We had a bit of shopping to do before we left the island – fudge! Mackinac Island is known for its fudge. There are over a dozen fudge shops within a four block section of Main Street, including several stores from the same company, some of those literally across the street from each other! In addition to these fudge shops (most of which featured candy makers mixing and/or cooling fudge on large marble tables) many of the other souvenir shops sold fudge as well. Of course, every shop claimed that their fudge was tastier than the others or that their multi-pound deal was somehow better. Some of the shops even offered small samples of their fudge and we sampled many, but the clerks and candy makers at the JoAnne’s Fudge were the most helpful and generous in their samples, their fudge tasted the best (at least to us), and they had a huge assortment of flavors so we ended up getting a 1.5 pounds of fudge (.3 pound slices in 5 different flavors). One of the clerks overheard one of the girls say something to Alyssa about her birthday and was kind enough to give Alyssa a truffle as a special birthday treat.

With our fudge in hand it was time to head back to the mainland. Alyssa relented in her “no driving” wish and we made the four hour or so drive to Grand Rapids where we would be spending the next several days. We did make a very important stop before getting to Karen’s parents house – the Krispy Kreme shop near Calvin to pick up the “best dinner ever”, a dozen donuts, to help celebrate Alyssa’s birthday.

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Orlando Bingles’ 2011 Summer Road Trip – Day 16

by on Aug.28, 2011, under Richard Bingle Family

On the road again… again.

Day 16 found us driving again. A lot.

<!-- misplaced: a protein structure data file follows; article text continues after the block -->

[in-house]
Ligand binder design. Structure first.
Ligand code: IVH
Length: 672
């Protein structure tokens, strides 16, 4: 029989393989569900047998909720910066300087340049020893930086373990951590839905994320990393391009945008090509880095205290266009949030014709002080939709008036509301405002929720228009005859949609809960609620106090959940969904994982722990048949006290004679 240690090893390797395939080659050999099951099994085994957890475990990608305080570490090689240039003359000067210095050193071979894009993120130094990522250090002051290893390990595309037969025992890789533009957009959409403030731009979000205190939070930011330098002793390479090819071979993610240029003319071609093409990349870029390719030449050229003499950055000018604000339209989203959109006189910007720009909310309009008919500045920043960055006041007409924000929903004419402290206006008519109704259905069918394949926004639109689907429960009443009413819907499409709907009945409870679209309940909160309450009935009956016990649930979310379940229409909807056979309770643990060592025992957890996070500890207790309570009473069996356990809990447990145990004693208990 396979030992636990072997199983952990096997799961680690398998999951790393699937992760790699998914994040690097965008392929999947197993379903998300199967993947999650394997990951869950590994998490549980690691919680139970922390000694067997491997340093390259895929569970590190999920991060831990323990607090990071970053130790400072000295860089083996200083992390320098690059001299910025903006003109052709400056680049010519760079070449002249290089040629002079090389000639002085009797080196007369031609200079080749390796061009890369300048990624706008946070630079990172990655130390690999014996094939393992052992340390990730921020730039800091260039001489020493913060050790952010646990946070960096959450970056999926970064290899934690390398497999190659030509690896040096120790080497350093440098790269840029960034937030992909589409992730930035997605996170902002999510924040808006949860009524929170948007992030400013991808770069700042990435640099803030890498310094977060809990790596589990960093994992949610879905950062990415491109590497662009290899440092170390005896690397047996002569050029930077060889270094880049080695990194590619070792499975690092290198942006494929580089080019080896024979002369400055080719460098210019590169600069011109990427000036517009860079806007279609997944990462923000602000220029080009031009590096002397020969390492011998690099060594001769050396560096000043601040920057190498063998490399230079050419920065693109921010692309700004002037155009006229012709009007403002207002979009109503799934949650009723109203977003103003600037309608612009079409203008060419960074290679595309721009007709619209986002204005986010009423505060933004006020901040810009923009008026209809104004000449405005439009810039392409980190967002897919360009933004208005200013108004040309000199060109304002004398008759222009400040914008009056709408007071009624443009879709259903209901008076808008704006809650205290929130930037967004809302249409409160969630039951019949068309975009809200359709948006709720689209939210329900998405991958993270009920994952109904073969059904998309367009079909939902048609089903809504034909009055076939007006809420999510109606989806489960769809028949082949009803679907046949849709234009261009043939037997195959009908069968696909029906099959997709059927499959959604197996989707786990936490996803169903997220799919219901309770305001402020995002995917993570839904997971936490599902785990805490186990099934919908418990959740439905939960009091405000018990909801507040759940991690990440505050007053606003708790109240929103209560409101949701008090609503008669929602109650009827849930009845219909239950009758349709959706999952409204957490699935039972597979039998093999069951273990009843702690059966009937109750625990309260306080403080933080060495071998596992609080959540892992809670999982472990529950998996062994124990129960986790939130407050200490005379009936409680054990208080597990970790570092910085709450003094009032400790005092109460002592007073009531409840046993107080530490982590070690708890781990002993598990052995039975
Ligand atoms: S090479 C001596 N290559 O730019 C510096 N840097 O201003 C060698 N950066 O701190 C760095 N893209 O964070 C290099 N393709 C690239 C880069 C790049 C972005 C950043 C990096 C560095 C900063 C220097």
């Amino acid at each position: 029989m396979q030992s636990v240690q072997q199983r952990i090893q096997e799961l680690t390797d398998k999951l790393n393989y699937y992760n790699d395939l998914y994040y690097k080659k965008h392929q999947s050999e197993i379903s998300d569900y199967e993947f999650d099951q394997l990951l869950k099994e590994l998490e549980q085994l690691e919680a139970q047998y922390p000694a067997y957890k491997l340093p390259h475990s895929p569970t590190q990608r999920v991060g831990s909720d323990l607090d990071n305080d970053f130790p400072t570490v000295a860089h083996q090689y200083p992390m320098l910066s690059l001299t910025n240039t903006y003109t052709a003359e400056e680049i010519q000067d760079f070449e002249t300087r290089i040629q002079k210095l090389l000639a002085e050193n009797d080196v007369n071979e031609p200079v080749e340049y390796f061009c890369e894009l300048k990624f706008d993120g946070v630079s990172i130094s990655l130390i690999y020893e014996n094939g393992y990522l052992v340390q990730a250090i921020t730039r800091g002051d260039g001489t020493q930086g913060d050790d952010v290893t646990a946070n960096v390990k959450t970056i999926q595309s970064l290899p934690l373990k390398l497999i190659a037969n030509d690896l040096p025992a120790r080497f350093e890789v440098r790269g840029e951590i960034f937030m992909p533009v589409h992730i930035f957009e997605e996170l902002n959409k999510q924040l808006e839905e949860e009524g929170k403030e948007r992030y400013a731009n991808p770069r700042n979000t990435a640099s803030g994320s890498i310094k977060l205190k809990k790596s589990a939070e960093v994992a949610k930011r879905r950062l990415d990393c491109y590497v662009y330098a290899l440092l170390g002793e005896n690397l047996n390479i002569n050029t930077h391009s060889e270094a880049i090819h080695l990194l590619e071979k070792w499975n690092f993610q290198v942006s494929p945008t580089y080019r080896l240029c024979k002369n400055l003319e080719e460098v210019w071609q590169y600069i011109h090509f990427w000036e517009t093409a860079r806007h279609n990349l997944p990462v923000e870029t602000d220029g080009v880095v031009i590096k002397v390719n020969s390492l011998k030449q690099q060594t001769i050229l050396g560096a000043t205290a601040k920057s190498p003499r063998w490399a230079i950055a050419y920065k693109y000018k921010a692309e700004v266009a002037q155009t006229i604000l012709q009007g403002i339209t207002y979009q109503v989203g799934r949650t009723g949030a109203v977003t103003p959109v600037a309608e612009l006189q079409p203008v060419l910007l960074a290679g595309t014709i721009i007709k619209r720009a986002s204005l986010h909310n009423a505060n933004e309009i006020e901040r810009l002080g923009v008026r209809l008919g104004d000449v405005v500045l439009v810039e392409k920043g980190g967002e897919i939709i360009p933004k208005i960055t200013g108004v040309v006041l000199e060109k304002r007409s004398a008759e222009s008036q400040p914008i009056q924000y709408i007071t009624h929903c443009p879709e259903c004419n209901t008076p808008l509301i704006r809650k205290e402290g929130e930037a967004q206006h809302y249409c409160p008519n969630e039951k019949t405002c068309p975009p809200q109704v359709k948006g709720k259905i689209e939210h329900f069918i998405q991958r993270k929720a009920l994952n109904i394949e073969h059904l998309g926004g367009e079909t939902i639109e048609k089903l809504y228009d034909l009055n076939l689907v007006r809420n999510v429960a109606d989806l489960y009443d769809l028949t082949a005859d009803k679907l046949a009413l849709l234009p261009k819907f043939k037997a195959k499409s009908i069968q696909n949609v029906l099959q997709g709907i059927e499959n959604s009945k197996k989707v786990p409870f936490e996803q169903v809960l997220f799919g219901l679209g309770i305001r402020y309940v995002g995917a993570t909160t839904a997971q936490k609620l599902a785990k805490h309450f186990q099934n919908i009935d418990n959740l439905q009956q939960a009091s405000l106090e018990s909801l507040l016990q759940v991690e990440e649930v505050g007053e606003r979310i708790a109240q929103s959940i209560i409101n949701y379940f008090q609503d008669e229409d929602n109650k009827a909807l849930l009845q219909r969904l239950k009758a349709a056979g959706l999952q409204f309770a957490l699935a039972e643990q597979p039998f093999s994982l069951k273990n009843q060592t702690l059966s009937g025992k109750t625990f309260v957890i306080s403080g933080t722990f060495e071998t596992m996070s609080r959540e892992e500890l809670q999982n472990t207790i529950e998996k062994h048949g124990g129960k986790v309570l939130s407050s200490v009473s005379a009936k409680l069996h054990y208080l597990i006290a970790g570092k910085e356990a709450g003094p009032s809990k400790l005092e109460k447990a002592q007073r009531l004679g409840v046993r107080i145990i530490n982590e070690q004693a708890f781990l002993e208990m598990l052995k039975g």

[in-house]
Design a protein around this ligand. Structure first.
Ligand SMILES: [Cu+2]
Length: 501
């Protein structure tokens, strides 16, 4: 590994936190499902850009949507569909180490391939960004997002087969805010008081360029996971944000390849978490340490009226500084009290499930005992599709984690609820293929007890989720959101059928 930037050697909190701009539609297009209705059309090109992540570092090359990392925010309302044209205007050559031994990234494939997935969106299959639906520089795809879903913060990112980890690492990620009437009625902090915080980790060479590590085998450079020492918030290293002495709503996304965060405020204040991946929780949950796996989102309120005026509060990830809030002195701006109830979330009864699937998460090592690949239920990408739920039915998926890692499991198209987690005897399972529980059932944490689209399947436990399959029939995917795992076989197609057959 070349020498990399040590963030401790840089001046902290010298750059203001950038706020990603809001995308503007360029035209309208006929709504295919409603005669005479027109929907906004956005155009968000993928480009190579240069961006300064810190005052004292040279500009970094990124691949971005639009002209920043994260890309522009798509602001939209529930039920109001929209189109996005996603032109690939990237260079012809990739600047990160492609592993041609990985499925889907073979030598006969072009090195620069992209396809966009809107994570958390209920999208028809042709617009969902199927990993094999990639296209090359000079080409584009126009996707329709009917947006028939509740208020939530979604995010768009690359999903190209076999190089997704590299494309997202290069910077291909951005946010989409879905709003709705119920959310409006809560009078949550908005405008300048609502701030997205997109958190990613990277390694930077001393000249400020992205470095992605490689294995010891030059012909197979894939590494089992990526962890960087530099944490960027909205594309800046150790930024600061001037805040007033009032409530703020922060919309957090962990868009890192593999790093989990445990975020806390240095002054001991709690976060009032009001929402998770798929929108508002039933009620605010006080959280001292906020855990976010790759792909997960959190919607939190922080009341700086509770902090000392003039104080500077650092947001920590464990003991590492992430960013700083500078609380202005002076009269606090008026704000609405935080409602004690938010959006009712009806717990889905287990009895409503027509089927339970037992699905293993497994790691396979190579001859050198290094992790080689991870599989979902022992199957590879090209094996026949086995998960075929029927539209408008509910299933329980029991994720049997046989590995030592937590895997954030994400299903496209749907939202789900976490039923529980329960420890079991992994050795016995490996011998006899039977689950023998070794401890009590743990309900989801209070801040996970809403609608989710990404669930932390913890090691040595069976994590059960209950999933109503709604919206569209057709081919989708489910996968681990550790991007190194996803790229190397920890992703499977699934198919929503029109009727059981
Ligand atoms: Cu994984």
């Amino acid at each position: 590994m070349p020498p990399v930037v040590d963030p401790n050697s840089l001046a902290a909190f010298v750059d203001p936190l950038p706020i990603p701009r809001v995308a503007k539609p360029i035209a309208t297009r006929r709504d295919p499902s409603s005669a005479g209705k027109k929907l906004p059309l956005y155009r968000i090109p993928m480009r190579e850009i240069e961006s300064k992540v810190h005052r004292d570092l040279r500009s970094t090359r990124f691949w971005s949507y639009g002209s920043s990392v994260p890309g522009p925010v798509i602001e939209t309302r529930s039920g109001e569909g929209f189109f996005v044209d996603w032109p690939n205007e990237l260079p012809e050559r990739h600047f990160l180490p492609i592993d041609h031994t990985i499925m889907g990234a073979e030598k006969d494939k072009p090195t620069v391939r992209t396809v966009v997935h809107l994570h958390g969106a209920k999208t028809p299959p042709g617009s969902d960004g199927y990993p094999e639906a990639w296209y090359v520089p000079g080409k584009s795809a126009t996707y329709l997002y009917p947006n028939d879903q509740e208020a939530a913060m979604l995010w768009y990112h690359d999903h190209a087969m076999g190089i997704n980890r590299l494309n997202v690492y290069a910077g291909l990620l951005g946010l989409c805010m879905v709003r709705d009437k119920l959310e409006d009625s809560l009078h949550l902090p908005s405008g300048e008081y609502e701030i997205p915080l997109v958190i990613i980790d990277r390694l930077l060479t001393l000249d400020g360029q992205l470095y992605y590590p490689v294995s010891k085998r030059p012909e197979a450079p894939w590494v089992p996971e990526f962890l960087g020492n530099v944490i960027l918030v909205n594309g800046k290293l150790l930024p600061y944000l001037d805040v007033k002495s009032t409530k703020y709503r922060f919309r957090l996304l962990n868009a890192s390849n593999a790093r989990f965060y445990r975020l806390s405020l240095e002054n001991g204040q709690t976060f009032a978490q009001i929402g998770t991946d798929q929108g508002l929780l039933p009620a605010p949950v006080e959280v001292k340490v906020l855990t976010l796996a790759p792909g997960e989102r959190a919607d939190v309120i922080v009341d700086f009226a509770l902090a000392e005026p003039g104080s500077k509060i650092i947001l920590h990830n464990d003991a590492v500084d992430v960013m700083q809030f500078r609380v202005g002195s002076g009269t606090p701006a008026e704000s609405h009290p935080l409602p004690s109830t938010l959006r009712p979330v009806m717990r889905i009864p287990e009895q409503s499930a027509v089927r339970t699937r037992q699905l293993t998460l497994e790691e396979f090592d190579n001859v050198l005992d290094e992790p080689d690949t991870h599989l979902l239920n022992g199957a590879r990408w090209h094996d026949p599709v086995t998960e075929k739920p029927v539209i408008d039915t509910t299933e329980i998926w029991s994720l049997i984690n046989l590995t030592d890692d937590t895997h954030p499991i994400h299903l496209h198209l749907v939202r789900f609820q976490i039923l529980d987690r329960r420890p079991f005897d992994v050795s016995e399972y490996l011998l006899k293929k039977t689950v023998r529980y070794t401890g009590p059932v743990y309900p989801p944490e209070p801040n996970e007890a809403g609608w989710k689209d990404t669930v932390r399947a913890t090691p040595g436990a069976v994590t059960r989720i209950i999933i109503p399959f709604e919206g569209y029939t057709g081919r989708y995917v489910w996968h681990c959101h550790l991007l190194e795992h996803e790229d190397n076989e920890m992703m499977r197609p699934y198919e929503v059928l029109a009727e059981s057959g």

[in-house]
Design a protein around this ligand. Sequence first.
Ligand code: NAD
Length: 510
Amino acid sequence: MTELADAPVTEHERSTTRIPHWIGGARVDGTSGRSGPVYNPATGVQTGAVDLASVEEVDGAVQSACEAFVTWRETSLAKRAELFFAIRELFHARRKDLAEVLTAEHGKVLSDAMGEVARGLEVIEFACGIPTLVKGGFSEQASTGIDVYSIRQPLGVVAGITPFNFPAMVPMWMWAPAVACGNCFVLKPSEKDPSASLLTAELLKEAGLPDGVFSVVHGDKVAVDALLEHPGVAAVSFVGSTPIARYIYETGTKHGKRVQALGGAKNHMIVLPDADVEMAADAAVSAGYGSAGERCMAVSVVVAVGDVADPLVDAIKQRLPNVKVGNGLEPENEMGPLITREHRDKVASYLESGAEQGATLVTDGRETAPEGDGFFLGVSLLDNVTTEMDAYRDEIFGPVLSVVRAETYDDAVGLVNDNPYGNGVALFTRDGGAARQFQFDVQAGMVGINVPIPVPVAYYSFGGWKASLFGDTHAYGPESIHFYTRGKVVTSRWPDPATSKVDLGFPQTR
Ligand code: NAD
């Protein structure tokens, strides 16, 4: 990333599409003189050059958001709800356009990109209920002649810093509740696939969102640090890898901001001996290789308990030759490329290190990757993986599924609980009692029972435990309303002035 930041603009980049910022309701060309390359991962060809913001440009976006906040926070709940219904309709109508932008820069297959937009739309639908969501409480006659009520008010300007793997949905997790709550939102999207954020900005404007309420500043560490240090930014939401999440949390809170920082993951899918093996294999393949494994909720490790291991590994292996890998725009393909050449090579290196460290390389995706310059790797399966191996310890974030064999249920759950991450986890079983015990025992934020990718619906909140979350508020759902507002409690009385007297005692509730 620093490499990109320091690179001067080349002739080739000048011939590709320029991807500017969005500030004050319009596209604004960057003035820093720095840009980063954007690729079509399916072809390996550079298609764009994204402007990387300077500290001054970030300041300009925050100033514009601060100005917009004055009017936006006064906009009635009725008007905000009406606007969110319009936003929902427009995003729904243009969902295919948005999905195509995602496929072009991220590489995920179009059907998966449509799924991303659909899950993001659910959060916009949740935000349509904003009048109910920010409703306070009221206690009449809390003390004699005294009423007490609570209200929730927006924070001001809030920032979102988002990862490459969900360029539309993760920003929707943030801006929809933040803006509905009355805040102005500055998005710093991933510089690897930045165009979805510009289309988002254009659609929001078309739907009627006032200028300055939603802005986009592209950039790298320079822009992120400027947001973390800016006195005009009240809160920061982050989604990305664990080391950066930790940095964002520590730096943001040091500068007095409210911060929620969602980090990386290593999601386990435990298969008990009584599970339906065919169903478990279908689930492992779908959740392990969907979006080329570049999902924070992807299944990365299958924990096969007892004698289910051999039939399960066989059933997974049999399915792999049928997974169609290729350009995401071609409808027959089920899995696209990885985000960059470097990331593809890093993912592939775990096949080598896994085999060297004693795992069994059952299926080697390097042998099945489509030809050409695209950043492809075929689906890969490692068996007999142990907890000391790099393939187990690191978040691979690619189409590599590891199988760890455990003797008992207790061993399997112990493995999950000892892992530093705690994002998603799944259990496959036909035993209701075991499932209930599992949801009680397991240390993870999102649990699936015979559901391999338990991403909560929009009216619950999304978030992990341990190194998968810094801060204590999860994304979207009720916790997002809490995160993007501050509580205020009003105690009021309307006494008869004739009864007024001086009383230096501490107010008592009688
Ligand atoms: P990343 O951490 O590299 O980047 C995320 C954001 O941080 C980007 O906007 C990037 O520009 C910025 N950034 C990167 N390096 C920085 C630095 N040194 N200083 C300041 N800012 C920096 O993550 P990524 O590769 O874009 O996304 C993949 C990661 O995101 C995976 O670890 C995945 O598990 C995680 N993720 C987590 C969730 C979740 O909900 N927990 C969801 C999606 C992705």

Our GPS, KareKare, had told us as we left the Bristol Renaissance Faire the night before that the shorter route to our next stop, Mackinaw City, MI was actually quicker if we went south around Lake Michigan, but we had promptly dismissed that notion to instead drive up along the western edge of the lake through Wisconsin and through Michigan’s Upper Peninsula. I think it was a good decision!

The landscape in the UP is beautiful, with lush green forests. Our route also took us right along the edge of Lake Michigan at times and we stopped a couple of times for pictures. Especially once we got within sight of Mighty Mac, the Mackinac Bridge that connects the two peninsulas of Michigan. The bridge had been featured on an episode of Dirty Jobs so it was familiar even though we’d never been there before. We of course took a bunch of pictures.


After checking into our room (which had a view of the bridge and our destination for the next day, Mackinac Island), we went out for pizza and did some fudge shopping (but no buying yet).

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Orlando Bingles’ 2011 Summer Road Trip – Day 15

by on Aug.27, 2011, under Richard Bingle Family